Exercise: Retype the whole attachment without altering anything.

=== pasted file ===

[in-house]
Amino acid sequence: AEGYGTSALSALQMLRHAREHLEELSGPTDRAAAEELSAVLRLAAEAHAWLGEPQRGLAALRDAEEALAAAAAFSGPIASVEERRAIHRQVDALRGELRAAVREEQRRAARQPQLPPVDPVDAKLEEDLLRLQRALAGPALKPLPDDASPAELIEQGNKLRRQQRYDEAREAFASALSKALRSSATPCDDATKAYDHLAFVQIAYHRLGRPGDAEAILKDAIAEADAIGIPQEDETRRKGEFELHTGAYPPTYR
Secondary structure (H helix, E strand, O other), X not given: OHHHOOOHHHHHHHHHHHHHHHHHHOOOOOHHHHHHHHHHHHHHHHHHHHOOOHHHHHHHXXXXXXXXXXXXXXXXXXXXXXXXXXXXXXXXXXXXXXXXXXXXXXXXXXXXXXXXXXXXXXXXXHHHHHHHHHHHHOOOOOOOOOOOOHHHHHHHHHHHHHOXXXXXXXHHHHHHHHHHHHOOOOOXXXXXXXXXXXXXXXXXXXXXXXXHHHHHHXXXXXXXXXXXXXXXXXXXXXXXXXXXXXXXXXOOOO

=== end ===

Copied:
[in-house]
Amino acid sequence: AEGYGTSALSALQMLRHAREHLEELSGPTDRAAAEELSAVLRLAAEAHAWLGEPQRGLAALRDAEEALAAAAAFSGPIASVEERRAIHRQVDALRGELRAAVREEQRRAARQPQLPPVDPVDAKLEEDLLRLQRALAGPALKPLPDDASPAELIEQGNKLRRQQRYDEAREAFASALSKALRSSATPCDDATKAYDHLAFVQIAYHRLGRPGDAEAILKDAIAEADAIGIPQEDETRRKGEFELHTGAYPPTYR
Secondary structure (H helix, E strand, O other), X not given: OHHHOOOHHHHHHHHHHHHHHHHHHOOOOOHHHHHHHHHHHHHHHHHHHHOOOHHHHHHHXXXXXXXXXXXXXXXXXXXXXXXXXXXXXXXXXXXXXXXXXXXXXXXXXXXXXXXXXXXXXXXXXHHHHHHHHHHHHOOOOOOOOOOOOHHHHHHHHHHHHHOXXXXXXXHHHHHHHHHHHHOOOOOXXXXXXXXXXXXXXXXXXXXXXXXHHHHHHXXXXXXXXXXXXXXXXXXXXXXXXXXXXXXXXXOOOO